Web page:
Like the override collisions, underride accidents are often deadly. This type of accident occurs when a passenger vehicle slides under a truck. Usually, the truck rips off the car’s roof.

While most trucks have a metal guard to keep smaller cars from sliding underneath, the barrier may fail in a high-impact collision.

Underride accidents are often fatal. They may also cause severe brain and spinal cord damage, internal bleeding, broken bones, or neck injuries.

#7. Jackknife Accidents

Jackknife crashes are among the most common types of truck accidents. The accident derives its name from its resemblance to a jackknife—the cab and trailer fold, forming a 90-degree angle. The danger heightens if there is oncoming traffic when the truck jackknifes.

Emergency braking commonly causes jackknife accidents. When the truck driver emergency brakes, the cab stops, but the trailer continues moving and swings to the side. Other causes of jackknifing include wet road surfaces, brake failure, and improper cargo loading.

#8. Sideswipe Accidents

Sideswipe collisions occur when vehicles strike each other on the sides. The accidents are common because big rigs have large blind spots, preventing truck drivers from spotting motorists in the next lane.

In a sideswipe accident, the truck may push the other vehicle off the road or into oncoming traffic, causing further crashes.

#9. Squeeze Plays

Trucks require a wide turning radius: before a big rig turns right, it may need to swing out to the left to execute the turn. If the driver forgets to signal and another motorist assumes the truck is turning left, the other motorist may continue traveling forward. They will get trapped when the big rig finally makes the right turn, resulting in a squeeze play accident.

#10. Blind Spot Accidents

Blind spot truck accidents are also common. Trucks have many blind spots, including the immediate front and behind and the sides.

Several mishaps can happen when passenger vehicles drive in the truck’s blind spots. For instance, if the driver brakes suddenly, accelerates, or changes lanes, then rear-end collisions could occur. Other causes of blind spot accidents may include distracted driving, wet road surfaces, and poor weather conditions.

#11. Rollover Accidents

Rollover accidents may involve single vehicles. Or, multiple vehicles can get involved when a truck rolls and crashes into other motorists or oncoming motorists ram into the overturned truck. Generally, trucks have a high center of gravity, which requires slowing down when navigating curves and poor road conditions. Failure to do so increases the risk of rolling over.

#12. Runaway Trailer Accidents

Runaway trailer accidents occur when the truck trailer detaches from the cab. In most cases, this arises from speeding, when the trailer gains more speed than the cab, and the driver loses control of the truck. Other causes include sudden braking, poor road conditions, improper maintenance, and overloading.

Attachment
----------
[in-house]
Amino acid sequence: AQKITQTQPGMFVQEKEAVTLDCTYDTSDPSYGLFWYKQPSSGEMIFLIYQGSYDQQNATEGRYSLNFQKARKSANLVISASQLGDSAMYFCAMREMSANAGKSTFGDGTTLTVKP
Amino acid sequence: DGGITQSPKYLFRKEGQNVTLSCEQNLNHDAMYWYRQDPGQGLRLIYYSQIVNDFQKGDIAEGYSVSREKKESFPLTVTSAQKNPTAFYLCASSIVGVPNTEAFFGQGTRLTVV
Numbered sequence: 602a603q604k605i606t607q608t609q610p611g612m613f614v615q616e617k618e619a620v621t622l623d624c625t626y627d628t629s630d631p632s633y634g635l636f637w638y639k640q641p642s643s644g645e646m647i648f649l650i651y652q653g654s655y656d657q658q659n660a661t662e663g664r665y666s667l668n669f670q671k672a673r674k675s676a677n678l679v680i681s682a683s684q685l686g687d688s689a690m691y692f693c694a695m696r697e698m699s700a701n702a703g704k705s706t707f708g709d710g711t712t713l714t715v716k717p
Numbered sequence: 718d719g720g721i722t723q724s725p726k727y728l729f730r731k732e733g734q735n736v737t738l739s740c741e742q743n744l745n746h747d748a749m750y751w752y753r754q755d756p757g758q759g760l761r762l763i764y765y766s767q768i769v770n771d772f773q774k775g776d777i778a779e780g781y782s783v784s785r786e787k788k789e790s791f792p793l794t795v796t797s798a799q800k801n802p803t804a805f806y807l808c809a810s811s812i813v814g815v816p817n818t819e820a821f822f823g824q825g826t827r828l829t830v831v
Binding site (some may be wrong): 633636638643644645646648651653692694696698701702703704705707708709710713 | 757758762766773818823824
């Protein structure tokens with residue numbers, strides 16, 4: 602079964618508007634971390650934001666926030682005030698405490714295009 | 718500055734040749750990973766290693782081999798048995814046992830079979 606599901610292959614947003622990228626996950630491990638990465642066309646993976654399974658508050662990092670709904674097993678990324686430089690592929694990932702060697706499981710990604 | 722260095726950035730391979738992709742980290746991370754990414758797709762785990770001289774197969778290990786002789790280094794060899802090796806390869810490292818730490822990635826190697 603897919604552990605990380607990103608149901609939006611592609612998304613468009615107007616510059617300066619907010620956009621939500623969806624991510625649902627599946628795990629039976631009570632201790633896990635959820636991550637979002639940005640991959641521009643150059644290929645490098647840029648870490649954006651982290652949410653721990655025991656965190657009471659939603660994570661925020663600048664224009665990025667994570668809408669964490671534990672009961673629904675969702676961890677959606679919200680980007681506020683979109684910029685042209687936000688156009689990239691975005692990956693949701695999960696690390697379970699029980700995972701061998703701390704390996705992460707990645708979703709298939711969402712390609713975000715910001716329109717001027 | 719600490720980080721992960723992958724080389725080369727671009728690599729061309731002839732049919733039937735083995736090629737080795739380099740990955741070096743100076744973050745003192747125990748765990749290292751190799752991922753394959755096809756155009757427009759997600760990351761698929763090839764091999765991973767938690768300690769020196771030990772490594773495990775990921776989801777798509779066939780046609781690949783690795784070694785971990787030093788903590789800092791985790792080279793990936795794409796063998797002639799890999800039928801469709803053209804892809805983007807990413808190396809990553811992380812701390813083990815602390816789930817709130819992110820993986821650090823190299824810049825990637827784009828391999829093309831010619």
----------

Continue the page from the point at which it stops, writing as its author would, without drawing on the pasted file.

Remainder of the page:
Damages Awarded in Truck Accident Claim

After sustaining injuries in a truck accident caused by the negligent acts of another person, you may qualify for damages. However, this depends on who is at fault for the accident.

You may be partially liable in some crashes, like blind-spot collisions. In these situations, your ability to recover damages depends on your state’s negligence laws. Some states apply the pure contributory negligence rule, which denies claimant damages even if they were 1 percent at fault for the accident. Other states adhere to the comparative negligence rule where your percentage of negligence reduces your compensation.

Some states also have no-fault rules, which require motorists to have personal injury protection (PIP) coverage, which allows them to claim damages from their insurer in the event of an accident. The insurer pays the claim then pursues the at-fault driver’s insurance provider to recover their loss. However, you may claim damages directly from the at-fault party in fault states.

No matter the situation, if you have a valid claim, you might recover damages such as:

  • Current and future medical expenses
  • Current and future lost wages
  • Property damage
  • Pain and suffering

If a loved one passed away in a big rig crash caused by another person’s negligence, you might also recover wrongful death damages, including:

  • Medical expenses before death
  • Funeral and burial expenses
  • Lost support and guidance
  • Pain and suffering
  • Lost companionship

Do You Need a Lawyer in a Truck Accident Claim?

A lawyer can back you up as you seek compensation if you sustain damages in an accident.

The trucking companies and their insurers contest truck accidents since so much money is at stake—especially when the claim involves serious injuries or death.

Proving liability of the driver, the trucking company, or a manufacturer requires an in-depth investigation and detailed evidence.

Among other things, a lawyer can help you identify the relevant federal and state laws to establish liability, retrieve information from the company’s digital tracking system, and gather eyewitness testimony. A lawyer can also arrange for expert witness statements, compute fair damages, file a claim, and represent you in negotiations or a lawsuit if necessary. Contact an experienced truck accident lawyer to discuss your case.